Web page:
April in Paris 

April 30, 2023

DL232 to CDG

   Regular readers of this space (and Catholics may possibly earn a plenary indulgence for doing so) might think we’re still on the road since early March. But this is part two of our Eurail journey that picked up again on Easter Sunday, after an almost three-week hiatus, partly to host a visit from my daughter, son-in-law and two granddaughters. We tried to start this chapter somewhere other than Paris, but the standby numbers were too good to ignore. Plus, we’d secured the plum we’d failed to get the first time around: seat reservations on the Paris to Barcelona TGV high speed line, that six-hour one sweet ride I’d first reveled in as a solo traveler back in 2018.

Yes, sometimes our life is like a Woody Allen movie – “the earlier ones, the funnier ones, of course.”

   Carol and I were determined to make the most of a second stay in the City of Light, though. The number #69 bus is a Rick Steves’ recommended way to see the major sites of the city the way the locals do. Turned out it was just down the street from our hotel, and for two euros and change, we were treated to a glimpse of Notre Dame, the Louvre, Pont Neuf, the golden domed Invalides, the glass-roofed Palais Justice and the Eiffel Tower. (How do workers get anything done after a commute like that?) A missed bus stop later on brought us near the Pantheon, but afforded us the opportunity to do a little fan-stalking to the steps of the Saint Etienne du Mont church filmed in Woody Allen’s Midnight in Paris.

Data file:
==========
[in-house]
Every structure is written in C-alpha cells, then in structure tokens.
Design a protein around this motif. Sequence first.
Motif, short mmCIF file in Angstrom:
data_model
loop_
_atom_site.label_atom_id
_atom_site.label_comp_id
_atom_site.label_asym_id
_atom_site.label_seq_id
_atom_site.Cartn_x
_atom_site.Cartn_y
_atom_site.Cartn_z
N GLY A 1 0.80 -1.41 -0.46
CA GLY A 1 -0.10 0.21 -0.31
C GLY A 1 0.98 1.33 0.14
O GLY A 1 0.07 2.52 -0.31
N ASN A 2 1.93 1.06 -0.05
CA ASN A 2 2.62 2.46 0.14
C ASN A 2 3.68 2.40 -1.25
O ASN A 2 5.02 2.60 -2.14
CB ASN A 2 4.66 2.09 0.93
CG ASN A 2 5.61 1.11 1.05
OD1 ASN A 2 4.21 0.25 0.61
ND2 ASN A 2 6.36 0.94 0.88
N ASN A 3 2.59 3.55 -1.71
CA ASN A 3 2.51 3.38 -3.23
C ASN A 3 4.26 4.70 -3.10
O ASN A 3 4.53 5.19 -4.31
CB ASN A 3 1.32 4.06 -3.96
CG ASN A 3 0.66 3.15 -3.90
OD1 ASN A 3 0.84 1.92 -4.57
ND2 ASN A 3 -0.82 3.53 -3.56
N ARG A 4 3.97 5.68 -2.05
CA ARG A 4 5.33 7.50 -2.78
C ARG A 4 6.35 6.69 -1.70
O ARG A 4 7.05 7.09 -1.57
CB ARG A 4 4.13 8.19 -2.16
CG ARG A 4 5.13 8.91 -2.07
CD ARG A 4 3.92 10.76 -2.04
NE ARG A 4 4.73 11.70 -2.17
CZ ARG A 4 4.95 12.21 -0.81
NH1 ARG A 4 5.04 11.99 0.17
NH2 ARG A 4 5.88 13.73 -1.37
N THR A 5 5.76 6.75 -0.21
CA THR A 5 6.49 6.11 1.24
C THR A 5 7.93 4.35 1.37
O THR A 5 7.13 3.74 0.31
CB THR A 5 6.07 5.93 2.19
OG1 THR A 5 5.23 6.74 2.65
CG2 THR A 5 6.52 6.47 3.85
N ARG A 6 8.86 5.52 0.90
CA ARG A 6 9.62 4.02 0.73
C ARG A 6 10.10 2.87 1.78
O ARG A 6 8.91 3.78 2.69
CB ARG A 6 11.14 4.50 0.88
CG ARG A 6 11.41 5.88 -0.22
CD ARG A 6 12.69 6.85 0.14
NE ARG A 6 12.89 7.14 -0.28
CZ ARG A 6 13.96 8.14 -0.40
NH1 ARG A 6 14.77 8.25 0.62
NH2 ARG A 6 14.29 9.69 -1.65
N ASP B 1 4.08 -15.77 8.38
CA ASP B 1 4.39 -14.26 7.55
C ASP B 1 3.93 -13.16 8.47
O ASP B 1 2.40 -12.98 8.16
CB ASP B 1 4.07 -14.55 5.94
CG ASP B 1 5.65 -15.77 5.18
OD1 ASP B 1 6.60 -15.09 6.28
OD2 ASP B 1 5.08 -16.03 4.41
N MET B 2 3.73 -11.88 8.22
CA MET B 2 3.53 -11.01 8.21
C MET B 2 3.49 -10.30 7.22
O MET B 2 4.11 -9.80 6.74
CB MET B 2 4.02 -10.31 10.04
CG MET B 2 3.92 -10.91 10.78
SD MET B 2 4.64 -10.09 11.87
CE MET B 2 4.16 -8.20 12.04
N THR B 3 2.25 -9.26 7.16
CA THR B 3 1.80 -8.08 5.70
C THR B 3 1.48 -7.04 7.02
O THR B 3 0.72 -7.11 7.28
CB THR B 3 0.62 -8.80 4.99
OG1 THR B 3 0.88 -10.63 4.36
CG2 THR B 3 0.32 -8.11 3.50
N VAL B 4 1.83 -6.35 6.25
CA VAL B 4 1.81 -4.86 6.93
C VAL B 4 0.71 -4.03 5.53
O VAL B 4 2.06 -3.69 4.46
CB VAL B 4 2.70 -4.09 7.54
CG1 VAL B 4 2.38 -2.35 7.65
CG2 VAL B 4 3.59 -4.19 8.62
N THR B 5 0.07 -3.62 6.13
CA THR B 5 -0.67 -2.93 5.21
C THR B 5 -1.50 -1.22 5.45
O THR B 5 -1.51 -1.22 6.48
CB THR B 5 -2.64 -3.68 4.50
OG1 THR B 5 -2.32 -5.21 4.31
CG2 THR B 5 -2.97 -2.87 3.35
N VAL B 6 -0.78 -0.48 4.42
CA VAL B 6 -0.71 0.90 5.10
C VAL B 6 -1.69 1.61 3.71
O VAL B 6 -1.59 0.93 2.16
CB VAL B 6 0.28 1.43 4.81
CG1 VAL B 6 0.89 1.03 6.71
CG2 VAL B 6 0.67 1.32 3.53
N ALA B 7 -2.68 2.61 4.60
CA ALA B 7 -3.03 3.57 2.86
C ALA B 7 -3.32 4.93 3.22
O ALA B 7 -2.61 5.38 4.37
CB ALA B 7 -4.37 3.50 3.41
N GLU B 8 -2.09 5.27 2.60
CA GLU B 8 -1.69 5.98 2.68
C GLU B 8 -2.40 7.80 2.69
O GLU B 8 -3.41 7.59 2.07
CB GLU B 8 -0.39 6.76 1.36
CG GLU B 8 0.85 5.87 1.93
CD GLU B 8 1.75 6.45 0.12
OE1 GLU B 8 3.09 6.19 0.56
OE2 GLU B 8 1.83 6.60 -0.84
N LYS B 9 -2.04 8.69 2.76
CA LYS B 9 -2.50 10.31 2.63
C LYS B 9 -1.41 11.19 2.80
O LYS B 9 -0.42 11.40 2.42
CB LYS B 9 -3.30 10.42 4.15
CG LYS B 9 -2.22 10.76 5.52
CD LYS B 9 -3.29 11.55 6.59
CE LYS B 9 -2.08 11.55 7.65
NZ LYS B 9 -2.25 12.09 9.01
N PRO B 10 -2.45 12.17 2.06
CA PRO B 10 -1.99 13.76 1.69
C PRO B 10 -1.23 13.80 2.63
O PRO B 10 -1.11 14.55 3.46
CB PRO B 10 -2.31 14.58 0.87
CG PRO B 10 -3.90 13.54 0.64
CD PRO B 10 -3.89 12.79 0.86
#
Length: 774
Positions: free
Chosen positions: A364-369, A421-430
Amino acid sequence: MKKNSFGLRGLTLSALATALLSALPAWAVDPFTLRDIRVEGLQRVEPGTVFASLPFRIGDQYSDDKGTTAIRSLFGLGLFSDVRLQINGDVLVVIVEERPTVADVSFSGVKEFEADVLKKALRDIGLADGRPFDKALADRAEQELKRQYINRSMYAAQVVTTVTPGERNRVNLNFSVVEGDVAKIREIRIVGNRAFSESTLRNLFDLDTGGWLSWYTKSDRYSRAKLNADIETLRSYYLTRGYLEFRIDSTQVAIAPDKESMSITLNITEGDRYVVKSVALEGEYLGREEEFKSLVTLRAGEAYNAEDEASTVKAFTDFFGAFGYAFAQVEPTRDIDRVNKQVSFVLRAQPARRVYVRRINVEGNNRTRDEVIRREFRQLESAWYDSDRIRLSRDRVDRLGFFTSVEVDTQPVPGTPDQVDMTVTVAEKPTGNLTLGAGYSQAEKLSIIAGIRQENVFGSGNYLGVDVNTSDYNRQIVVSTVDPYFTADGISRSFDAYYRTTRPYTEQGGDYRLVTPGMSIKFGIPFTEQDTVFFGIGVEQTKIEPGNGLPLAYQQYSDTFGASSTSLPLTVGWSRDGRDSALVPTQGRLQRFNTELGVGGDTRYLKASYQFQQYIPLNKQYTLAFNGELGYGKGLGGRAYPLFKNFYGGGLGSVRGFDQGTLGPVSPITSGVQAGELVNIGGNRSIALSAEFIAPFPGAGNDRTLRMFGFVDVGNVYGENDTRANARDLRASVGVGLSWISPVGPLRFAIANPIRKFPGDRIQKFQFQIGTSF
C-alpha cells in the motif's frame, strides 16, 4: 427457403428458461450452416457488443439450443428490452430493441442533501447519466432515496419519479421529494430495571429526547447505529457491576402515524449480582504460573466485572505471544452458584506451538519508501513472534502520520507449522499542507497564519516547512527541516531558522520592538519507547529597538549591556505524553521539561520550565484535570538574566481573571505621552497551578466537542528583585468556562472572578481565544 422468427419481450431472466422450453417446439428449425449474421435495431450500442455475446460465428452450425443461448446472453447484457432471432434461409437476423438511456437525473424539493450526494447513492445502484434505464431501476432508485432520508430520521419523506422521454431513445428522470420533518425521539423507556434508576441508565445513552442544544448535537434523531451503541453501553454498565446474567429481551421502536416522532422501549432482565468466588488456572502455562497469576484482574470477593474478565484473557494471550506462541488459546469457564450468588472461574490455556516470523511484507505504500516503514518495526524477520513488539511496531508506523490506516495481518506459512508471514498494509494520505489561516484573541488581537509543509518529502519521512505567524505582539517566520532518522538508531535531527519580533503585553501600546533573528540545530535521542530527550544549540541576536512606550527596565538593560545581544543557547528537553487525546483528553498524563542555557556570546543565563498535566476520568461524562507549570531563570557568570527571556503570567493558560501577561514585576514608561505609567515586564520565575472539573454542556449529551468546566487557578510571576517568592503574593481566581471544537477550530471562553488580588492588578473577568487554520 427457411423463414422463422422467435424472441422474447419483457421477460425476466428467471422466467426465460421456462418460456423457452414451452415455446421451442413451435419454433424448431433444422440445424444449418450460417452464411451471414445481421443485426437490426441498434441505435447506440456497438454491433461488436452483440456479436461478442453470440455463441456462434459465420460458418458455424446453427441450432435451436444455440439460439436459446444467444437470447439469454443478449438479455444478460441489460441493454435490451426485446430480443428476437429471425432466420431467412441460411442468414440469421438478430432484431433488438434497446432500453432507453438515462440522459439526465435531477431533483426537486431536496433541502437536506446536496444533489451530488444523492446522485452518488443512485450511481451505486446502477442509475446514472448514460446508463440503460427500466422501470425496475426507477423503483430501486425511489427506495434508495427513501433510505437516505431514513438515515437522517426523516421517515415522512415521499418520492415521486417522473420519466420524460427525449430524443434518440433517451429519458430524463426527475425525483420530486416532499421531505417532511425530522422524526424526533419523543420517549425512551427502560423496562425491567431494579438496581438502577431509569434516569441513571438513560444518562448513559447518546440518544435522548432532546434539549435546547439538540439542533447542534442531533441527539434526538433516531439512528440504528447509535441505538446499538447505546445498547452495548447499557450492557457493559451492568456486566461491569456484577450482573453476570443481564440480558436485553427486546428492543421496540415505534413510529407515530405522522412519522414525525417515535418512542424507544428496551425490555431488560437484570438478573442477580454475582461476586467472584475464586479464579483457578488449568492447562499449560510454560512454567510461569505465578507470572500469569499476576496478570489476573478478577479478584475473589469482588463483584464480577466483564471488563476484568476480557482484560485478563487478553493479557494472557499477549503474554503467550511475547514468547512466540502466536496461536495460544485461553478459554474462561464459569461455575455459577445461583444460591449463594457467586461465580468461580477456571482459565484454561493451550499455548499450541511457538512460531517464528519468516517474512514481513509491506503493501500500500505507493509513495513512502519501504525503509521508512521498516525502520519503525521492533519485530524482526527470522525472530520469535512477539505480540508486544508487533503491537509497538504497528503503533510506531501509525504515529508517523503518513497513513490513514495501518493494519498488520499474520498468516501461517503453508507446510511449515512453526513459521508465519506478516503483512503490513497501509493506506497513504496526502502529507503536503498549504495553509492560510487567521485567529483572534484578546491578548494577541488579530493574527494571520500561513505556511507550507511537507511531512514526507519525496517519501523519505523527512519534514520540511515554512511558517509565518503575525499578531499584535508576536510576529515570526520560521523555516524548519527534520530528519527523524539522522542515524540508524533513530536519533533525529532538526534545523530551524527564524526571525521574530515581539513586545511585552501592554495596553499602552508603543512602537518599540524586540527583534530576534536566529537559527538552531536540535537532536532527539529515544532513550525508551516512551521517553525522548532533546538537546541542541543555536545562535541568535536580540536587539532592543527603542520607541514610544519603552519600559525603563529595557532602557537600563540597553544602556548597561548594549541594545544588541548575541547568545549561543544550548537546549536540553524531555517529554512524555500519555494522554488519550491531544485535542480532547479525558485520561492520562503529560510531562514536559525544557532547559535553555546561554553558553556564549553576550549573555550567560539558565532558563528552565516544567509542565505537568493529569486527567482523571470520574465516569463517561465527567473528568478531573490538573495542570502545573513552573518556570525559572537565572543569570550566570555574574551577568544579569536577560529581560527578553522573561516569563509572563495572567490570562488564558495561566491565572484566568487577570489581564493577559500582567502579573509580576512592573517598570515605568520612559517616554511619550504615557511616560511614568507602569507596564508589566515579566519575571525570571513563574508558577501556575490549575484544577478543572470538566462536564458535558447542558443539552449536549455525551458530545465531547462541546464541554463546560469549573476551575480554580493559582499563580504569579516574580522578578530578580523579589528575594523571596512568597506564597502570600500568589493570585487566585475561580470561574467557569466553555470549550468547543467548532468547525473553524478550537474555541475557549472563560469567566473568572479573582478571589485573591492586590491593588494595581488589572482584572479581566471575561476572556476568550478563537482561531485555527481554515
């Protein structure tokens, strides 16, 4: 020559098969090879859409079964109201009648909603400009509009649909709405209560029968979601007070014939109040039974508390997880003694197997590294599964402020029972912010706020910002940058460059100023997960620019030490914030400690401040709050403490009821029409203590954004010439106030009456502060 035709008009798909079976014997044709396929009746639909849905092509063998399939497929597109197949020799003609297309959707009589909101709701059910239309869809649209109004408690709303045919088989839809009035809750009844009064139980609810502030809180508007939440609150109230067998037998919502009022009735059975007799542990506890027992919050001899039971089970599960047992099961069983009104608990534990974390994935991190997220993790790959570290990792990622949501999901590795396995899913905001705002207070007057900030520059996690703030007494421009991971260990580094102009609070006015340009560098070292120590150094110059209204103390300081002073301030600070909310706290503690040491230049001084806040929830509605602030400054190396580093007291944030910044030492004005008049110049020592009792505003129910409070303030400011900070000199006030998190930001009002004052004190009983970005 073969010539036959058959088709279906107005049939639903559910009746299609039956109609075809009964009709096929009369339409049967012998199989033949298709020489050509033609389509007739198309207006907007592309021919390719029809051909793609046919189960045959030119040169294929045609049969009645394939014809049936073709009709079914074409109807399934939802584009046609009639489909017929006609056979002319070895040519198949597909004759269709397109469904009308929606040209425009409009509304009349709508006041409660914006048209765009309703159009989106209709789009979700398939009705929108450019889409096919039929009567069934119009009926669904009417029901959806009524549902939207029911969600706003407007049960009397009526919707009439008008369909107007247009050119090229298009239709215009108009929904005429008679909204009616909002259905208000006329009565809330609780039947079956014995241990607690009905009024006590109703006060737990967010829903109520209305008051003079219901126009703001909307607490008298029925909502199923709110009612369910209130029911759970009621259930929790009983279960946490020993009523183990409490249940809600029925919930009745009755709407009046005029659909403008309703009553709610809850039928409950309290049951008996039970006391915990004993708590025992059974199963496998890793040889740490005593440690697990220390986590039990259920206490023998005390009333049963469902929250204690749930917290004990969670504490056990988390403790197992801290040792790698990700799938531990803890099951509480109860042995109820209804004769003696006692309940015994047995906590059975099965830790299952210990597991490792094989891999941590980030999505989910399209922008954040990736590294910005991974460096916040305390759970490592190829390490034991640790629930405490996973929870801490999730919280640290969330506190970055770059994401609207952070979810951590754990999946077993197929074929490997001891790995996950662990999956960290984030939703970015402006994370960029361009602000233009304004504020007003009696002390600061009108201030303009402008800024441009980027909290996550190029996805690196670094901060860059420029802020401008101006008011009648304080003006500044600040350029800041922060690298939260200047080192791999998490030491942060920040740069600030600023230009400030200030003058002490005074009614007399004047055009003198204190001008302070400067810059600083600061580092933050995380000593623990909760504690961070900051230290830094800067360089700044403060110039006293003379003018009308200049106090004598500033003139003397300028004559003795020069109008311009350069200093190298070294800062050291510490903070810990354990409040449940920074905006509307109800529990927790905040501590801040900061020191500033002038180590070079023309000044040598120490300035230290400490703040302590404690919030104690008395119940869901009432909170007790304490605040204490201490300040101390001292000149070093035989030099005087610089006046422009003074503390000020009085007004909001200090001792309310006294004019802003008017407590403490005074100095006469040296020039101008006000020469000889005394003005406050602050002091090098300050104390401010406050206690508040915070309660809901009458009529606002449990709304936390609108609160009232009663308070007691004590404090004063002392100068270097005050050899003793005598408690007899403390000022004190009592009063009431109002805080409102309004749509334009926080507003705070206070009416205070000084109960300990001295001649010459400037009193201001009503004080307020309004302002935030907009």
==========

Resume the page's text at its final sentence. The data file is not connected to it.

Waiting for his ride back to the Lost Generation

   Next, we rejoined the tourist crowd for a trip to the top of Tower Montparnasse, the black monolithic monstrosity that is the eyesore from the Georges Pompidou-era of imitating American architectural ugliness. But here’s the thing. If you pay the 40 euros to ride to the top, you get to see Paris with the Eiffel Tower as the central attraction. But paying a higher tariff to go to the top of the Eiffel Tower yields only a view of…you guessed it.

Paris’s attempt to imitate Chicago. Why, Paris?

    And here’s the other thing we discovered. You can pay 40 euros to buy a timed entrance ticket and wait in line at Tower Montparnasse or just say you’re going to the restaurant on the same floor for drinks and/or food. For free. No lines. No waiting. So for our 40 euros, we got several glasses of wine, a cheese board and a view of the Eiffel Tower from a cozy table and chairs, instead of standing on an observation deck looking out to the side of the city opposite the Eiffel Tower. Yet, they were all piled up like stove wood in line to do just that, as we contentedly ordered another glass of chilled white, while admiring the architectural wonder of Gustave Eiffel’s erector set.

“I love the rain…”

   We wound up this Paris stint with a pleasant dinner in the Cafe Coin across the street from our hotel as a gentle Parisian rain “washed memories from the sidewalks of life.” And then Gil Pender walked his Gabrielle back to our hotel, and ready for the Vicky Cristina Barcelona adventure to begin next. Yes, sometimes our life is like a Woody Allen movie – “the earlier ones, the funnier ones, of course.”

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